Dager of the Tasman Empire
by Teresa Saari
Category: Fiction / Fantasy
233 pages; ISBN: 097371770X
Rating: 10/10 (Ratings explained)
Another hit for new author Teresa Saari! Dager of the Tasman Empire is a story for the young reader but, as in her first book, Imogene of the Pacific Kingdom, this is a book that even the older generation would not be bored reading especially if you are tired of all the sex, murder and mayhem in so many of today’s novels.
Dager is a five-year-old who was stolen from his home and is a slave to an old hag. Such a sad thing but all is not lost as his Granda Brand has magical powers and has been searching for this stolen child ever since he was taken. Granda, his son, Mod and daughter-in-law, Goy live under the sea in a world that never has night. The family misses Dager even though they have a daughter named Lucia. When Granda locates Dager with his powers, he sends Lucia to retrieve him. But nothing is easy and instead of bringing Dager home, Lucia becomes a slave to the hag. Now Mod and Goy must rescue both their children. In doing so, Mod is able to turn the hag from a sour old woman into someone who enjoys life because he is a Curor, one who heals with magical powers.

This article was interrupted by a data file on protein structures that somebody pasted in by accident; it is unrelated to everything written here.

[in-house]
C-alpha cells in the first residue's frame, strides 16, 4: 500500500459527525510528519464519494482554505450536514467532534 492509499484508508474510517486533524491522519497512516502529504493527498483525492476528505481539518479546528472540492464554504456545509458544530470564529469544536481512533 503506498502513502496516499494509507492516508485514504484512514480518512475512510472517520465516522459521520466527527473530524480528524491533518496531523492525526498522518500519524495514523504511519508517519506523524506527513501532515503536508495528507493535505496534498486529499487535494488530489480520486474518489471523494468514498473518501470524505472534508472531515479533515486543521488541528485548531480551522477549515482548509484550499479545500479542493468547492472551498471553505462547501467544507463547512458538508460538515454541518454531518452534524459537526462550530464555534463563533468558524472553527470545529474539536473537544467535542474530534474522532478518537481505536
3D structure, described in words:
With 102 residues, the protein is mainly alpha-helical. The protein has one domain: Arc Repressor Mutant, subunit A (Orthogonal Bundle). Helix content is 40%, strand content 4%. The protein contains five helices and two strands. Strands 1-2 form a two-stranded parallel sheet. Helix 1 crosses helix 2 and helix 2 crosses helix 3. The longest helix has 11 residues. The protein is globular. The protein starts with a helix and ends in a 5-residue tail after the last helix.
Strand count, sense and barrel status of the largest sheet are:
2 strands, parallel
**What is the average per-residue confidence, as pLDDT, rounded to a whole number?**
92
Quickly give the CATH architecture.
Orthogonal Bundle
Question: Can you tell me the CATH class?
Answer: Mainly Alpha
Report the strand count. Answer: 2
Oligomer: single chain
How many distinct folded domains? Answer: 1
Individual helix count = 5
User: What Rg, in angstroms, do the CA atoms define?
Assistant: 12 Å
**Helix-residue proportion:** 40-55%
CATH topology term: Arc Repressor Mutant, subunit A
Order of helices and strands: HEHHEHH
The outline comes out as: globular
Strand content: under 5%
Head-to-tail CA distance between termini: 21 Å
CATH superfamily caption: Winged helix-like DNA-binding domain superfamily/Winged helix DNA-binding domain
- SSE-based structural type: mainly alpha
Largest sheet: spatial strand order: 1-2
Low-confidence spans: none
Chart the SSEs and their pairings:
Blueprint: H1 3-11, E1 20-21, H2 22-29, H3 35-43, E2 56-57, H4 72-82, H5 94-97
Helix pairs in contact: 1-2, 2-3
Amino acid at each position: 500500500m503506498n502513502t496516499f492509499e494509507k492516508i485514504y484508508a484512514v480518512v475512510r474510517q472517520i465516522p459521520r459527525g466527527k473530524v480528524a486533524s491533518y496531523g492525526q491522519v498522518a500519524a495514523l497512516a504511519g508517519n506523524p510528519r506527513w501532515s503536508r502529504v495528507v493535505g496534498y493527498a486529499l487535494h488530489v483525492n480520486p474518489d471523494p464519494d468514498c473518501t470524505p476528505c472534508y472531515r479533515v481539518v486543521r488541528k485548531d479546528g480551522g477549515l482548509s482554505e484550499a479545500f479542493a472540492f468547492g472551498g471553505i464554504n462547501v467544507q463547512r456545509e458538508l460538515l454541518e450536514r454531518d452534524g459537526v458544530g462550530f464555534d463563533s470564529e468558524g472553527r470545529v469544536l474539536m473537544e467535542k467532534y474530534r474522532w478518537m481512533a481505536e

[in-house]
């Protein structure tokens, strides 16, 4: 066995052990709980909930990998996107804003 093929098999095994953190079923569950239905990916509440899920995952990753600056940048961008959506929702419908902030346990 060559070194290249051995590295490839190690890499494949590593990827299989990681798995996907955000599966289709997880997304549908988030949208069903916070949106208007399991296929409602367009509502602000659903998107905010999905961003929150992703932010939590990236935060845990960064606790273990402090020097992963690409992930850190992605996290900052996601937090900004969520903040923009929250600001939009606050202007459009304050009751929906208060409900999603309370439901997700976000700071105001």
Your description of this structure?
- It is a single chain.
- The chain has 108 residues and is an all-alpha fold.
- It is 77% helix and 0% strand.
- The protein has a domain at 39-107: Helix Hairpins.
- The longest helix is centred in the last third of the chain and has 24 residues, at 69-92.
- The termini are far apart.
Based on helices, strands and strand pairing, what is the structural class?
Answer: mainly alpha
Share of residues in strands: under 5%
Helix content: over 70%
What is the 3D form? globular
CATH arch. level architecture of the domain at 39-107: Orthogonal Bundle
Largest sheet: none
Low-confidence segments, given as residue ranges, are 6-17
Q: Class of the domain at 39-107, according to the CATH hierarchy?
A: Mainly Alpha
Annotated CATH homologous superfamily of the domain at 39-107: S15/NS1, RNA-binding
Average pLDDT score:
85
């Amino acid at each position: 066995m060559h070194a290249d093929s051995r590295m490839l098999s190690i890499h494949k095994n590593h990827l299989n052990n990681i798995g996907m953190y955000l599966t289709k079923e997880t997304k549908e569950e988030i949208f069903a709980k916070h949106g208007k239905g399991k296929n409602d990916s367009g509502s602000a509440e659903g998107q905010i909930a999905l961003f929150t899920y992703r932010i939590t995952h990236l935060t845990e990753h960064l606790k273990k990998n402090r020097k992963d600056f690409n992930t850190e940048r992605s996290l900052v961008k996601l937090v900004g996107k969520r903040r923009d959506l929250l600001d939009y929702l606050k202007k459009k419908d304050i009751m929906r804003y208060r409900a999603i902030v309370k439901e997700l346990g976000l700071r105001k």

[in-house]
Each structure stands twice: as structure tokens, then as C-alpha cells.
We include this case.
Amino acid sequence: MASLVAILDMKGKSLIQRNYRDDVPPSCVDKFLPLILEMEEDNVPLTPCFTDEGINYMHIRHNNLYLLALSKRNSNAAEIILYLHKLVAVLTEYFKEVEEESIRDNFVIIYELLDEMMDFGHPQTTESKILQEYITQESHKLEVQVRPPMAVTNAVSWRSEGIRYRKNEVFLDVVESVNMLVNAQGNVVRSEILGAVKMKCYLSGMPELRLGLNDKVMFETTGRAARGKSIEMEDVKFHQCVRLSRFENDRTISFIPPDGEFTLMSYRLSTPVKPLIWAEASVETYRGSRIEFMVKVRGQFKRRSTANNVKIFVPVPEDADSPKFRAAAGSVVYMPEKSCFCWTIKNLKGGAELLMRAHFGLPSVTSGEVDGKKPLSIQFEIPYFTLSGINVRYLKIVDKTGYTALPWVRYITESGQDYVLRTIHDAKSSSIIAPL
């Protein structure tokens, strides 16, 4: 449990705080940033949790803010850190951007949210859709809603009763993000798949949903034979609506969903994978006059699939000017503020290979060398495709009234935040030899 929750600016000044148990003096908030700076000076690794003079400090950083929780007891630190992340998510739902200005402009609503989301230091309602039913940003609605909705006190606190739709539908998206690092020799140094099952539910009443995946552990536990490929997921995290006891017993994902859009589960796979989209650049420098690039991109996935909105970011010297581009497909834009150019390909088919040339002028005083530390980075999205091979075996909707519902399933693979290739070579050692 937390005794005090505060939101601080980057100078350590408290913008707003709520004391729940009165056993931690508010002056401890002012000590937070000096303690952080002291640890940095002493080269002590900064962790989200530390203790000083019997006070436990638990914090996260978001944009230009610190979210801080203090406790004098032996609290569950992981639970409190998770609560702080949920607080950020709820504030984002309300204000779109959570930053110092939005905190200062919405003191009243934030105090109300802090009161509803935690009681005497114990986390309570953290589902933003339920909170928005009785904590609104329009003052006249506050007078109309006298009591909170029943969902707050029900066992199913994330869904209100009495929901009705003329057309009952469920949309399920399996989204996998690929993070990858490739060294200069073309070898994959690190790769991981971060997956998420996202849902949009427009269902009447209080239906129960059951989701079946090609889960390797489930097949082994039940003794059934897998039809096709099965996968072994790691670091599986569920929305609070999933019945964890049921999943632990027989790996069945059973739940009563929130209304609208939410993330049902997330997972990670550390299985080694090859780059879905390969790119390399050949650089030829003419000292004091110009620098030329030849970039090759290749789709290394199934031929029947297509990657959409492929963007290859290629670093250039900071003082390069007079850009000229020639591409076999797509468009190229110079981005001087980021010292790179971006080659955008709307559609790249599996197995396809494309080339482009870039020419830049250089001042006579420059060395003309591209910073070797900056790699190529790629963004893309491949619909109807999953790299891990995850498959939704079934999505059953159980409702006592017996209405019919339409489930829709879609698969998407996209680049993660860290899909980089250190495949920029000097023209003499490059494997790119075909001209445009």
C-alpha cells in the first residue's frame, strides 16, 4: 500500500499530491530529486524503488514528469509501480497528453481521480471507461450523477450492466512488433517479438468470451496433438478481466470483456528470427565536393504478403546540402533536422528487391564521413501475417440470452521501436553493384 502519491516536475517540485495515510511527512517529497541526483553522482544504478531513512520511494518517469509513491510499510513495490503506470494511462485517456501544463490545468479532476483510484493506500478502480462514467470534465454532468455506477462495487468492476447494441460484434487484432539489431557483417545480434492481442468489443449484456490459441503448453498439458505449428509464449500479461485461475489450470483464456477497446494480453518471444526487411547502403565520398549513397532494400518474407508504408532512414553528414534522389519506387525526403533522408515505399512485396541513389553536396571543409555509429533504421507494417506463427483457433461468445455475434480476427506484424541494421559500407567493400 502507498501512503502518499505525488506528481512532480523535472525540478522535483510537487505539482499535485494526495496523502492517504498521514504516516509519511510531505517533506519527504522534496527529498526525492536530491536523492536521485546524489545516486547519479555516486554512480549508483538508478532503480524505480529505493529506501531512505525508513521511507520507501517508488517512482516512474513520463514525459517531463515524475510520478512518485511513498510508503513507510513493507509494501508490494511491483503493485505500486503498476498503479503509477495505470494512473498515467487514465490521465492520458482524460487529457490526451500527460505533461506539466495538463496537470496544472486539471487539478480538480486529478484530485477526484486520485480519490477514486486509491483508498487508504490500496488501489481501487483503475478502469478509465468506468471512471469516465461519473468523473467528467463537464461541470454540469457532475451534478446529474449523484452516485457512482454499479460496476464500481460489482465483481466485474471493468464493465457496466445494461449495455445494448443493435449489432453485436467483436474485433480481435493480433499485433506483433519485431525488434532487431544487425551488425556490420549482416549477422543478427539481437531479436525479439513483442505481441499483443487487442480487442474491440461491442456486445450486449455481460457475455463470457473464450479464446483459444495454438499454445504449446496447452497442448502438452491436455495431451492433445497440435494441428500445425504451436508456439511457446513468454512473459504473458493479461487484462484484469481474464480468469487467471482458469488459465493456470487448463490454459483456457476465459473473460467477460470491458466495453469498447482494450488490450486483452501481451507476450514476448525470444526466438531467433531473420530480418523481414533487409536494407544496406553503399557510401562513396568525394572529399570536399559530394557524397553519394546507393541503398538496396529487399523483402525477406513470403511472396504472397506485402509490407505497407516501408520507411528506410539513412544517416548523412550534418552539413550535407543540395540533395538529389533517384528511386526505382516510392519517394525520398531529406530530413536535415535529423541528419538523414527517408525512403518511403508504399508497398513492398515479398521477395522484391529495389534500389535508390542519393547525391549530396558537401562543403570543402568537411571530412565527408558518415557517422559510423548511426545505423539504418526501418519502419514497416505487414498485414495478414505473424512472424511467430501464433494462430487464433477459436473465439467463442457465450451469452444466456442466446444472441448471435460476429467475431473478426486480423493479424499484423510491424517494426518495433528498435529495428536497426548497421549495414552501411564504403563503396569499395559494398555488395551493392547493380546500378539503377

The High Council keeps everyone in the village under his thumb. It has been a dream of Brand’s to start a village where everyone is equal. While Mod and Goy are on the surface saving their children, the time is right to break with his old way of life. Granda leaves his home for the last few years to begin the new village under the sea choosing a spot by the Great Pond. Several families have come with him and so the beginnings of a new life for all have started.
The rest of the story tells of how families are reunited, how the High Council is prevented from stopping the new village from going forth and learning about the differences between the surface people and the people under the sea. Teresa Saari has written another book I plan to read to my grandchildren. Pick up a copy for the young reader in your life or savor it as a parent/child reading session.